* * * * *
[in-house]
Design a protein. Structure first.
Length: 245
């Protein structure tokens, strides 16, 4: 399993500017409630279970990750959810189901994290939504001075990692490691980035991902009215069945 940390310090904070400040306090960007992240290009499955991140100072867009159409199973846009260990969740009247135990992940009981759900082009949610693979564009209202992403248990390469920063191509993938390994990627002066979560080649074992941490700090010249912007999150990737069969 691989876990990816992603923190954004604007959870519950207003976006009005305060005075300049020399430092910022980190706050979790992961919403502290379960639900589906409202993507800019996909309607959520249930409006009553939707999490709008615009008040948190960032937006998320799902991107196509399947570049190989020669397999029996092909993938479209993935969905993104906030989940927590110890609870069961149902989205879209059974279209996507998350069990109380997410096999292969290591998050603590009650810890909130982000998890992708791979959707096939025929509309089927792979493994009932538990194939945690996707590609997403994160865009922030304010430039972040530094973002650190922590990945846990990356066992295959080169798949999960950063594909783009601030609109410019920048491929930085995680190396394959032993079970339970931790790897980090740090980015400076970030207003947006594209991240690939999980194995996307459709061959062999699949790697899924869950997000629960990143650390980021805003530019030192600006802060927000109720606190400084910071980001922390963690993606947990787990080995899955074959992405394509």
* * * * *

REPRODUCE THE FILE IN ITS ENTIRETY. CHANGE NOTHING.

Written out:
[in-house]
Design a protein. Structure first.
Length: 245
């Protein structure tokens, strides 16, 4: 399993500017409630279970990750959810189901994290939504001075990692490691980035991902009215069945 940390310090904070400040306090960007992240290009499955991140100072867009159409199973846009260990969740009247135990992940009981759900082009949610693979564009209202992403248990390469920063191509993938390994990627002066979560080649074992941490700090010249912007999150990737069969 691989876990990816992603923190954004604007959870519950207003976006009005305060005075300049020399430092910022980190706050979790992961919403502290379960639900589906409202993507800019996909309607959520249930409006009553939707999490709008615009008040948190960032937006998320799902991107196509399947570049190989020669397999029996092909993938479209993935969905993104906030989940927590110890609870069961149902989205879209059974279209996507998350069990109380997410096999292969290591998050603590009650810890909130982000998890992708791979959707096939025929509309089927792979493994009932538990194939945690996707590609997403994160865009922030304010430039972040530094973002650190922590990945846990990356066992295959080169798949999960950063594909783009601030609109410019920048491929930085995680190396394959032993079970339970931790790897980090740090980015400076970030207003947006594209991240690939999980194995996307459709061959062999699949790697899924869950997000629960990143650390980021805003530019030192600006802060927000109720606190400084910071980001922390963690993606947990787990080995899955074959992405394509």